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Augustine and Academic SkepticismA Philosophical Study$
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Blake D. Dutton

Print publication date: 2016

Print ISBN-13: 9780801452932

Published to Cornell Scholarship Online: August 2016

DOI: 10.7591/cornell/9780801452932.001.0001

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The Inaction Objection

The Inaction Objection

Chapter:
(p.75) Chapter 4 The Inaction Objection
Source:
Augustine and Academic Skepticism
Author(s):

Blake D. Dutton

Publisher:
Cornell University Press
DOI:10.7591/cornell/9780801452932.003.0005

This chapter examines one of Augustine of Hippo's best known and most powerful objections to Academic skepticism: the “Inaction Objection.” It first considers the Academics' response to the Inaction Objection, with particular emphasis on their appeal to persuasiveness as a means of explaining how the wise person may guide his or her actions in the absence of knowledge. It then discusses Augustine's criticism of the Academic response and his reasons for thinking why it was a failure. It also explores a possible rejoinder to Augustine's criticism and the extent to which it is open to the Academics to make it. It argues that Augustine has succeeded in placing a burden on the Academics—the burden of explaining why judgments of persuasiveness do not involve latent judgments of truthlikeness or, if they do involve such judgments, why the Academics are entitled to make them while at the same time disavowing all knowledge of truth.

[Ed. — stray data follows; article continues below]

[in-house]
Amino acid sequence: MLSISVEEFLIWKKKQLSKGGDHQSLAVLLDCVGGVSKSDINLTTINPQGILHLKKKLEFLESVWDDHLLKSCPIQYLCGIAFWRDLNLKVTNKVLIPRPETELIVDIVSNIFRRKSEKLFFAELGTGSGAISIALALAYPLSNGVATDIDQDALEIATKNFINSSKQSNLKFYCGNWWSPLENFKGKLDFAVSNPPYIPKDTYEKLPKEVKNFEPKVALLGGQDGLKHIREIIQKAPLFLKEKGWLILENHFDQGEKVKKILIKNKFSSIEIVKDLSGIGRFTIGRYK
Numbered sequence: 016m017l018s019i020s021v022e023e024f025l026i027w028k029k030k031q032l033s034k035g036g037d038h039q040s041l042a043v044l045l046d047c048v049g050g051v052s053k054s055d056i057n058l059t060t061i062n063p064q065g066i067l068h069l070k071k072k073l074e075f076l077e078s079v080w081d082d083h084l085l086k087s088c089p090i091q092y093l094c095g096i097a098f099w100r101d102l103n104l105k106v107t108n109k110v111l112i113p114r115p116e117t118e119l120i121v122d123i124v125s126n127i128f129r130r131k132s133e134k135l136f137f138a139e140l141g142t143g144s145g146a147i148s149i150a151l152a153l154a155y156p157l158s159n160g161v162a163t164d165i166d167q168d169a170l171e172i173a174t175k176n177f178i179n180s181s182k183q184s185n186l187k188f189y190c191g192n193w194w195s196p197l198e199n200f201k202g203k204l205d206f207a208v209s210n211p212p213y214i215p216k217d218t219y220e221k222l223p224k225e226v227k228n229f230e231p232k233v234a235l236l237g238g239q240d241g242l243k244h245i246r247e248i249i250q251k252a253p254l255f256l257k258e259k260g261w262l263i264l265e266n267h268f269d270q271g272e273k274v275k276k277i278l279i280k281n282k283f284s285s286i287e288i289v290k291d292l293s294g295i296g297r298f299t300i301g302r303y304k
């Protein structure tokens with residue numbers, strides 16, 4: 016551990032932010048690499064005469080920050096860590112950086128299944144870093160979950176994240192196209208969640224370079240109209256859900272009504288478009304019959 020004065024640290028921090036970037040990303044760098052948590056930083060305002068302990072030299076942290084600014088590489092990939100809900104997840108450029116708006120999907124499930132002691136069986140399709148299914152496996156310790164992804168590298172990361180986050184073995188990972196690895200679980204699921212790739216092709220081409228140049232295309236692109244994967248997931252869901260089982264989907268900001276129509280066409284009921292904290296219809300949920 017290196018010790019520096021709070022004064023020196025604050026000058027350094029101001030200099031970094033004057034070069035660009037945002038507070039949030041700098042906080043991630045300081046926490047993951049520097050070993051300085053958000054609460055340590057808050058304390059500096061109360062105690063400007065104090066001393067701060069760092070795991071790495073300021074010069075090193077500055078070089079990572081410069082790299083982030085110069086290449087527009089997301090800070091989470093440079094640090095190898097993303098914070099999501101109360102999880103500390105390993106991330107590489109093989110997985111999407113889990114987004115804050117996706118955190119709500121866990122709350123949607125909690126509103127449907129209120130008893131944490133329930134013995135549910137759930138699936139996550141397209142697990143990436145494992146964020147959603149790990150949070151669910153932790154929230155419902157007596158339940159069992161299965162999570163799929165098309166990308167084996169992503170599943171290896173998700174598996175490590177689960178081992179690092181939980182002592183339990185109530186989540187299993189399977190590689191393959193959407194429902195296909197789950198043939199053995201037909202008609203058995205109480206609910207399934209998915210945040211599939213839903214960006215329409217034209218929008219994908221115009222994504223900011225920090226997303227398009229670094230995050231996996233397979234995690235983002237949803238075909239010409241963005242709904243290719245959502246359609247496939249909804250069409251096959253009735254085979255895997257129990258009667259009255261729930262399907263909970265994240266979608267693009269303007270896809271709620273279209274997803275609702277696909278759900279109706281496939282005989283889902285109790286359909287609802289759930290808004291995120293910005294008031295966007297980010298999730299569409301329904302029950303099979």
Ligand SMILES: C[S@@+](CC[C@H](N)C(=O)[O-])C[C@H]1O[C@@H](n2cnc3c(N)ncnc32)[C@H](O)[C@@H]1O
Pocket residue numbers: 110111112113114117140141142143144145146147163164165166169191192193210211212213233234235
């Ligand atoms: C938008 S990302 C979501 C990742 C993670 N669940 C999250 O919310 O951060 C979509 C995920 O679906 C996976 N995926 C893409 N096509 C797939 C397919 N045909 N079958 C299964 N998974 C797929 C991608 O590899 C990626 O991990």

Keywords:   persuasiveness, Augustine of Hippo, Academic skepticism, Inaction Objection, Academics, knowledge, truthlikeness, truth

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